You and your motorcycle

Wearing the right gear

It is important for you to have the right gear and wear the right clothing to protect yourself while riding.

Protective gear

Protective gear

  • A - Eye protection.
  • B - Pants.
  • C - Boots.
  • D - Helmet.
  • E - Jacket.
  • F - Gloves.


If you fall off your motorcycle, it's likely that your head will hit the road hard. This is why the law requires every rider and pillion passenger to wear an approved safety helmet securely fastened on the head. A good helmet can prevent serious injury.

An approved safety helmet will have a sticker on it showing that it meets an approved safety standard. Don't buy or wear any helmet that isn't approved.

Your helmet should also:

  • fit snugly - it shouldn't be too tight or too loose (a loose helmet is almost as bad as no helmet at all)
  • be securely fastened when riding
  • be a bright colour, such as white, orange, yellow or red
  • have red reflective material on the back and sides.

You will need to replace your helmet if it is cracked, has loose padding, frayed straps or exposed metal, or is damaged in any way, as it may not be safe. Dropping it onto a hard surface can cause damage that can't always be seen. For this reason, never buy a second-hand helmet.

Soap and water is the best way to clean a helmet. Never use petrol, methylated spirits or any other solvent to clean a helmet, as they can weaken the shell or the shock-absorbent lining. For the same reason, you should never use paints or stickers with unsuitable glues on a helmet.

Helmet safety standards

An approved motorcycle helmet is one that complies with one or more of the approved international standards:

  • UN/ECE Regulation No. 22: Protective helmets and their visors for drivers and passengers of motorcycles and mopeds (Europe)
  • Australian Standard AS 1698: Protective helmets for vehicle users
  • New Zealand Standard NZS 5430: Protective helmets for vehicle users
  • Snell Memorial Foundation: Helmet Standard for use in motorcycling
  • Federal Motor Vehicle Safety Standard No. 218: Motorcycle helmets
  • British Standard BS 6658: Specification for protective helmets for vehicle users (for type A helmets only)
  • Japan Industrial Standard T8133.

Helmets that comply with approved standards can be identified using these markings:

AS 1698

AS 1698
JIS T8133

JIS T8133
S Mark

S Mark
BS 6658

BS 6658
  UN/ECE 22

(The number next to
the 'E' denotes a
country, ie 4 equals
The Netherlands)
Snell Standards

Snell Standards

Helmets complying with FMVSS 218 will be marked with the letters 'DOT'. This standard is only acceptable for motorcycle helmets that have been manufactured and purchased in the United States.

Eye and face protection

When riding, you need to wear a face-shield, visor or goggles to protect your face and eyes from wind, dust, rain, insects and other debris.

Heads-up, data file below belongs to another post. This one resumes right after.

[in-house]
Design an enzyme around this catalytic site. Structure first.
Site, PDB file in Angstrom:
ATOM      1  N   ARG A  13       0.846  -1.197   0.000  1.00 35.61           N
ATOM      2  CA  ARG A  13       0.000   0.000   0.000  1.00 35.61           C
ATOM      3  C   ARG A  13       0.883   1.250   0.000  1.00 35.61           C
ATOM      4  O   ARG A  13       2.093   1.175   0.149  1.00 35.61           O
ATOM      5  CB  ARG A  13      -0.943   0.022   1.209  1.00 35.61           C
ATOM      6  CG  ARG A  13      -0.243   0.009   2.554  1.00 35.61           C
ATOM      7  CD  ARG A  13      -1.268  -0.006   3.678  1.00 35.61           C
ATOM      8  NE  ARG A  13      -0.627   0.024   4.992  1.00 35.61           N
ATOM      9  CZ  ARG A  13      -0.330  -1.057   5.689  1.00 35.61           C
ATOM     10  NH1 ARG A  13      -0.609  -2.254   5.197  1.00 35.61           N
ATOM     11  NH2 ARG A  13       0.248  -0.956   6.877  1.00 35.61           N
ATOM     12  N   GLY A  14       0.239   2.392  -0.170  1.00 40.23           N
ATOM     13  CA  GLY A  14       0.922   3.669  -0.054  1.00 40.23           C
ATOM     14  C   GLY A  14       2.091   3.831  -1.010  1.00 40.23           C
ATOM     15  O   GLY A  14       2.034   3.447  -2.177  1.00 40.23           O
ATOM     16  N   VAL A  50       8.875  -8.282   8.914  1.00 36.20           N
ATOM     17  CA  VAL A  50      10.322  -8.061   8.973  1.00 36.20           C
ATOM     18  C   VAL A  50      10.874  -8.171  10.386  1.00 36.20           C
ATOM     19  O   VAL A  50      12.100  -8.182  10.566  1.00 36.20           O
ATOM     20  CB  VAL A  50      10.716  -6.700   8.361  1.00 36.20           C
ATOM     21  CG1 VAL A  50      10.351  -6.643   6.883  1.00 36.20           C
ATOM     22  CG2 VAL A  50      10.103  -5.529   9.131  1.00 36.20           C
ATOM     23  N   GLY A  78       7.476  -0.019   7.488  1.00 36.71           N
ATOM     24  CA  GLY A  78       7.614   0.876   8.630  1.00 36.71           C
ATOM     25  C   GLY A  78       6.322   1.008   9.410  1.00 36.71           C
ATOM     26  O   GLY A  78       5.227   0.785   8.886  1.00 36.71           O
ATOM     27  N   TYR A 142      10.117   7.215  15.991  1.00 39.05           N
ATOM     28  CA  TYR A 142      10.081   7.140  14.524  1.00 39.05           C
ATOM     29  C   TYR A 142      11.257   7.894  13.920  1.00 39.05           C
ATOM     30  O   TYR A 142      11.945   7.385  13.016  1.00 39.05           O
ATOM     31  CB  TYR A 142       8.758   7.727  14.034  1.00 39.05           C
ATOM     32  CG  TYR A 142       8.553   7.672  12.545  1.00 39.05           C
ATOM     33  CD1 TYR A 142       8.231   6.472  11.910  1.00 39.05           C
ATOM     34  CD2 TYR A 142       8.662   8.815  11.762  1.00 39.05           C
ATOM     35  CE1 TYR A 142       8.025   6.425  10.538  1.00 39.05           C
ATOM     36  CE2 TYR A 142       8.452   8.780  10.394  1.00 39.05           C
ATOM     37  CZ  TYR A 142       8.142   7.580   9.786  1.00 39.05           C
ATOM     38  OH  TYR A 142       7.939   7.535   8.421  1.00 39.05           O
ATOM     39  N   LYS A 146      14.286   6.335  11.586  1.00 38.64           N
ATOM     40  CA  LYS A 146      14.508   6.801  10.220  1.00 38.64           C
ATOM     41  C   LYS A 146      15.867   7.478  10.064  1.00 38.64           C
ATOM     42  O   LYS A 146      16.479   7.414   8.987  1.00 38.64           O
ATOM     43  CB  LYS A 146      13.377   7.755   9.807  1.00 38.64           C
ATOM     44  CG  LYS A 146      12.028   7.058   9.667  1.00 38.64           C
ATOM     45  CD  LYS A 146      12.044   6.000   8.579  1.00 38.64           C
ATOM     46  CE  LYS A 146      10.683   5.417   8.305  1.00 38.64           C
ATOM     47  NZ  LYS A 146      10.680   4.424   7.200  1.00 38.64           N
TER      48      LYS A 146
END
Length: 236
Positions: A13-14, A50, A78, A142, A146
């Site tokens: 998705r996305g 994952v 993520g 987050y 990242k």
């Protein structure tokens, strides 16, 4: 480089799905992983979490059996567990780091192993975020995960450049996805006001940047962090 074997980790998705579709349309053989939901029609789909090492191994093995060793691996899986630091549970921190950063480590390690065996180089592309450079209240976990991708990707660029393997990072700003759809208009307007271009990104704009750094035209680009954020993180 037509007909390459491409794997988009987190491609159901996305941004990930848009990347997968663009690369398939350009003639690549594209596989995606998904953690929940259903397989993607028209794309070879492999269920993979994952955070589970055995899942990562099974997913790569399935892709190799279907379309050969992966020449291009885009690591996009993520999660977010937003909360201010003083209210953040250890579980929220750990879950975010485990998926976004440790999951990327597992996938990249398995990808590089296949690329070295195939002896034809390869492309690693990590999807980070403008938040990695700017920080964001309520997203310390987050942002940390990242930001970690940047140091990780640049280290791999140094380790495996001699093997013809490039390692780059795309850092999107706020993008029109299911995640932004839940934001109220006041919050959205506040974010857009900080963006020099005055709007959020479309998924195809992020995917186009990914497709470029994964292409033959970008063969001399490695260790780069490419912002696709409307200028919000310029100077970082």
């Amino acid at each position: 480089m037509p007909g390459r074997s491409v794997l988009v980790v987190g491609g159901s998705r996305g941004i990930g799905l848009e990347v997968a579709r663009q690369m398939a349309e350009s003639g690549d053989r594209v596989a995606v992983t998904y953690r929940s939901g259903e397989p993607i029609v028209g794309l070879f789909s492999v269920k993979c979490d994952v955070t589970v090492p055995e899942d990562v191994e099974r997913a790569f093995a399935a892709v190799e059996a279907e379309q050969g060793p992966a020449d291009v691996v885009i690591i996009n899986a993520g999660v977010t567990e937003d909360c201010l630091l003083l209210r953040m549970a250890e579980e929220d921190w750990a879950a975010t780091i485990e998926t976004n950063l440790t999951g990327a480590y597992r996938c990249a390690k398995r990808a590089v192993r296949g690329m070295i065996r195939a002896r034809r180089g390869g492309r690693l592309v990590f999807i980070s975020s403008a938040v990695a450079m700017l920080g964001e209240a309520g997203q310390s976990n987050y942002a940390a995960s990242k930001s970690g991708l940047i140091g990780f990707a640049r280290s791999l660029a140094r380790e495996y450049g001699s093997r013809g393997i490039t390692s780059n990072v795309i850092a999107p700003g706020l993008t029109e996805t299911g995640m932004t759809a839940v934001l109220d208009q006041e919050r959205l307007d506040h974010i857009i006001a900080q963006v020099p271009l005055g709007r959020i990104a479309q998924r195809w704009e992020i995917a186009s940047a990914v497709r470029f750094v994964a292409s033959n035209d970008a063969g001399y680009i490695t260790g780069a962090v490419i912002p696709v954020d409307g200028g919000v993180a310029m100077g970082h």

To be effective, your face-shield, visor or goggles must:

  • be clean and free of scratches
  • be made of material that won't shatter
  • give a clear view to either side
  • be fastened securely so it cannot be blown off
  • allow air to circulate so it won't fog up
  • allow enough room for glasses or sunglasses, if needed.

If your eye and face protection becomes smeared while riding, pull over to the side of the road to clean it as soon as it is safe.

If your eye and face protection becomes cracked, you may need to remove it or, in the case of visors, ride with the visor up. Damaged visors or goggles should be replaced as soon as possible.

You should never wear dark or tinted visors, goggles or glasses at night, as you must be able to see clearly.

Protective clothing

The right clothes can:

  • protect you from severe skin grazing if you fall
  • keep you comfortable and weatherproof
  • make you more noticeable, if you choose bright colours.

Your clothes need to keep you warm and dry, protect you in a crash and make you visible to other road users.

Clothing that is designed specifically for motorcycling will give you the best protection. The wind can cause your body temperature to drop, reducing your ability to concentrate and slowing your reflexes. Even on fine days the wind chill can affect you and may result in hypothermia.


Wear a fluoro safety vest so other drivers will see you.

Jackets and pants

These are usually made of leather or fabrics that are wind and waterproof and able to withstand abrasion. Often jackets have a removable thermal liner so that you adjust the level of warmth required. Jackets should have armour built into them to protect your elbows, shoulders and back. Both jackets and trousers should be a reasonably tight fit.


Gloves will give you a better hold on the hand grips. Your hands need to be warm, dry and protected if you fall off. You may need several pairs for summer and winter. Leather is good for protection but may not be waterproof.


Boots are the best footwear to wear when riding. Your boots should:

  • cover your ankles
  • be made of leather or strong synthetic material.

Don't ride in running shoes, or worse still in jandals or bare feet. Avoid shoes with rings or laces that could catch on the motorcycle.

For more information on protective clothing visit

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Last updated: 25 June 2010